I normally tend to steer well clear of tribute bands, they often try way too hard to LOOK the part and allow the music to take a back seat in the vain hope that people will be full of ale by the time they take to the stage and forget that they're not seeing the real deal. I approached Plymouth Pavilions with a mixture of excitement and doubt, Led Zeppelin played a huge part in my musical awakening during my teenage years with their heady mix of blues, folk and classic rock, getting the chance to see an established bunch of musicians playing their music did appeal to me. Couple this with a full 35 piece orchestra and it tipped the balance in their favour, I WAS looking forward to the show.
After touring the show throughout Australia, powerhouse vocalist Vince Contarino said that he had been excited to finally bring the show to the UK, the home of Led Zeppelin. They were in the UK for 8 dates, Plymouth being the final one, looking at reviews of previous dates, it looked like the audience were in for one hell of an evening!
Inside the venue, a predominantly more mature audience filled the bar, sales of Gold Label Barley Wine and Light & Bitter rang through the tills until an announcement boomed over the tannoy advising that the show would start at 7:30pm prompt, we shuffled into the auditorium and found our seats just as the orchestra did the same on stage.
The conductor walked on stage and after a quick 'tune up', they broke into a short medley of Led Zep classics, warming the room ready for the entrance of the band who took to the stage shortly afterwards to a huge round of applause. What struck me immediately was the pure power that hit you in the audience, not only were you treated to classic tracks performed by some world class musicians, you also had the full force of the orchestra behind them, accentuating the music and really adding an extra special touch to proceedings.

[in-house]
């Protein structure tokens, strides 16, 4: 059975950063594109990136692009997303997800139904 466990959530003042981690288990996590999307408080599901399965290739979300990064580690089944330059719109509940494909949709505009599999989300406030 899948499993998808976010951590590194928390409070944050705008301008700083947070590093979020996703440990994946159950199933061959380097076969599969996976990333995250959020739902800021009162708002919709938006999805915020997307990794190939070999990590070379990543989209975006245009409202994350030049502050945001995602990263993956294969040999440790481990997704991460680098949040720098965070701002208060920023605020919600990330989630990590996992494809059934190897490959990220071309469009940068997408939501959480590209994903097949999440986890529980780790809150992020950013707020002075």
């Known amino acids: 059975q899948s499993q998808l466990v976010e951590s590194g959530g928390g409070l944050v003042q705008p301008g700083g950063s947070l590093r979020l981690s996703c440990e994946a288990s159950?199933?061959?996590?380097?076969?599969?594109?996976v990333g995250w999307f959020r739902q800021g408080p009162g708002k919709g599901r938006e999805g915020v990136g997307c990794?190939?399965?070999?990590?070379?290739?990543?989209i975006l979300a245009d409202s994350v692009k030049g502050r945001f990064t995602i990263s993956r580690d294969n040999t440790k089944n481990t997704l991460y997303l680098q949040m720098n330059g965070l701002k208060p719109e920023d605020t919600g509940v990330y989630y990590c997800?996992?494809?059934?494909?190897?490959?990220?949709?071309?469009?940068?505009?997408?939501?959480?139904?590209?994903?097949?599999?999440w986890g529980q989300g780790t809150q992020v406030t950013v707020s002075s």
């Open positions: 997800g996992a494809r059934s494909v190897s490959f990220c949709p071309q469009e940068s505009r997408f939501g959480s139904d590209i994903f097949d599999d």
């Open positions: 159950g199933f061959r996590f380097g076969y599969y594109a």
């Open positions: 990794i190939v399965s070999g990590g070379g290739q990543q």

These guys certainly held their own when it came to performing, each fulfilling their role with expert precision and a real passion, sometimes not seen in the youth of today!
Act One took in some lesser known tracks lifted from later Led Zep albums but with the introduction of "Ramble On", "Good Times Bad Times" and the legendary sound of "Rock 'n Roll" really helped to set the scene for act two that would take place after a short intermission where glasses were charged and bladders were relieved.
The timeless stomping riff of "Kashmir" kicked off Act Two, the epic sound filling the auditorium as the stage was awash in a sea of red and blue light, really adding to the atmosphere that the song conjured as the orchestra blasted out the timeless track. "No Quarter" sounded moody and haunting with its keyboard intro before the band came crashing in with the trademark squealing guitar lick. After a lengthy keyboard solo, it was time for the guitar to take over, proving he had the chops to pull off such a momentous task, quite literally filling the shoes of Jimmy Page.